Epidemiological link between gastric disease and polymorphisms in vacA and cagA

Sungil Jang, Kathleen R. Jones, Cara H. Olsen, Young Min Joo, Yun Jung Yoo, In Sik Chung, Jeong Heon Cha, D. Scott Merrell

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71 Citations (Scopus)


Gastritis, peptic ulcer disease, and gastric cancer are a few of the diverse disease manifestations that have been shown to be associated with infection by Helicobacter pylori. Why some individuals develop more severe forms of disease remains largely unknown. In this study, 225 South Korean strains were genotyped for vacA and then analyzed to determine if particular genotypes varied across disease state, sex, or cagA allele. Of these strains, 206 strains carried an s1/i1/m1 allele, 11 strains carried an s1/i1/m2 allele, and 8 strains carried an s1/i2/m2 allele. By using Fisher's exact test, a statistical association between variations in the cagA and vacA alleles was identified (P = 0.0007), and by using log linear modeling, this variation was shown to affect the severity of disease outcome (P = 0.027). Additionally, we present evidence that variation within the middle region of VacA contributes significantly to the distribution of vacA alleles across gender (P = 0.008) as well as the association with disease outcome (P = 0.011). In this South Korean population, the majority of H. pylori strains carry the vacA s1/i1/m1 allele and the CagA EPIYA-ABD allele. These facts may contribute to the high incidence of gastric maladies, including gastric cancer.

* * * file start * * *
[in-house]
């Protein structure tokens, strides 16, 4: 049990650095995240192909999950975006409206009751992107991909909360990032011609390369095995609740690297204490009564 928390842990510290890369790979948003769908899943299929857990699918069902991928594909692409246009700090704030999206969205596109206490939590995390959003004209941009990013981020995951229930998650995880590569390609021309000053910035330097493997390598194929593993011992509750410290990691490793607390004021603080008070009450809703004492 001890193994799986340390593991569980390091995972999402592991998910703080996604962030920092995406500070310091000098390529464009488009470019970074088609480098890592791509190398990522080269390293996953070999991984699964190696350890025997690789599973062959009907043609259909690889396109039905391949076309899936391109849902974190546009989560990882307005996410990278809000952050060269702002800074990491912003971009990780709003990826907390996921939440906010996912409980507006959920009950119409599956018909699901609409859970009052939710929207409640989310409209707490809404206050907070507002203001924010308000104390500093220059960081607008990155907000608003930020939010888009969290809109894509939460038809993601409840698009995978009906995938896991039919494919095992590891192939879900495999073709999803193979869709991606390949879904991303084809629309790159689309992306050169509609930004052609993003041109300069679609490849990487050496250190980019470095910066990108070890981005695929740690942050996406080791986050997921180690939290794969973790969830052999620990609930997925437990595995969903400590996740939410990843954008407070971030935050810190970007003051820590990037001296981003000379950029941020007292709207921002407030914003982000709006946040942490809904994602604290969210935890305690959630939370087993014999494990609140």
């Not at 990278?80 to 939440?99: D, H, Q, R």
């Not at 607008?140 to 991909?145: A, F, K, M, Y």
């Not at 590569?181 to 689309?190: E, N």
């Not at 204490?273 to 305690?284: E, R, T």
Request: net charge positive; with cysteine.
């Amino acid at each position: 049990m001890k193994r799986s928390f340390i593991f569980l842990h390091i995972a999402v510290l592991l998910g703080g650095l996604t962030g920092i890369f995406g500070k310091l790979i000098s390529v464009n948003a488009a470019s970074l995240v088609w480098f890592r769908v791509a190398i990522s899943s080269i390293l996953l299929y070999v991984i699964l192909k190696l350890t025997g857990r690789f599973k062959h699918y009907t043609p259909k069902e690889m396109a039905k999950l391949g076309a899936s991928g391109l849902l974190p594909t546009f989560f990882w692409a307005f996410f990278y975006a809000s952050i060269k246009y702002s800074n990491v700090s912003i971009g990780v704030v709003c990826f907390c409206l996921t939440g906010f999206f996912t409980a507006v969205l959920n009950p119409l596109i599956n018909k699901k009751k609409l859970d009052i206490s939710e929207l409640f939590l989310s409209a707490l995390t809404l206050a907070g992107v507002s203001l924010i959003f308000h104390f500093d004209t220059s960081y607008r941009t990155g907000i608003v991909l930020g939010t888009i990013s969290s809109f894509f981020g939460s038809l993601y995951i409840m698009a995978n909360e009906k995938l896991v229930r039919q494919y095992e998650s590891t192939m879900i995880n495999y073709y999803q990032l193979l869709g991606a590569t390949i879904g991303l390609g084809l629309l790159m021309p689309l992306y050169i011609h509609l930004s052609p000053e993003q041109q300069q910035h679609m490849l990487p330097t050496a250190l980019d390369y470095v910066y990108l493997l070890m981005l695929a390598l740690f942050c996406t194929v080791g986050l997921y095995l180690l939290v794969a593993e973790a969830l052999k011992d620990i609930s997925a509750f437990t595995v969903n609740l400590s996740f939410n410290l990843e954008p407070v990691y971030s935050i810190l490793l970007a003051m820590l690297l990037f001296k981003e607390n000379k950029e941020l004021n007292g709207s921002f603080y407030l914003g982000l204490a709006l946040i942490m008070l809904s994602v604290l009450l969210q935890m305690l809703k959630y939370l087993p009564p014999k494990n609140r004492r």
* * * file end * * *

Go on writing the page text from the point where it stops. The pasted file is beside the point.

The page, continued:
Original languageEnglish
Pages (from-to)559-567
Number of pages9
JournalJournal of Clinical Microbiology
Issue number2
Publication statusPublished - 2010 Feb

All Science Journal Classification (ASJC) codes

  • Microbiology (medical)


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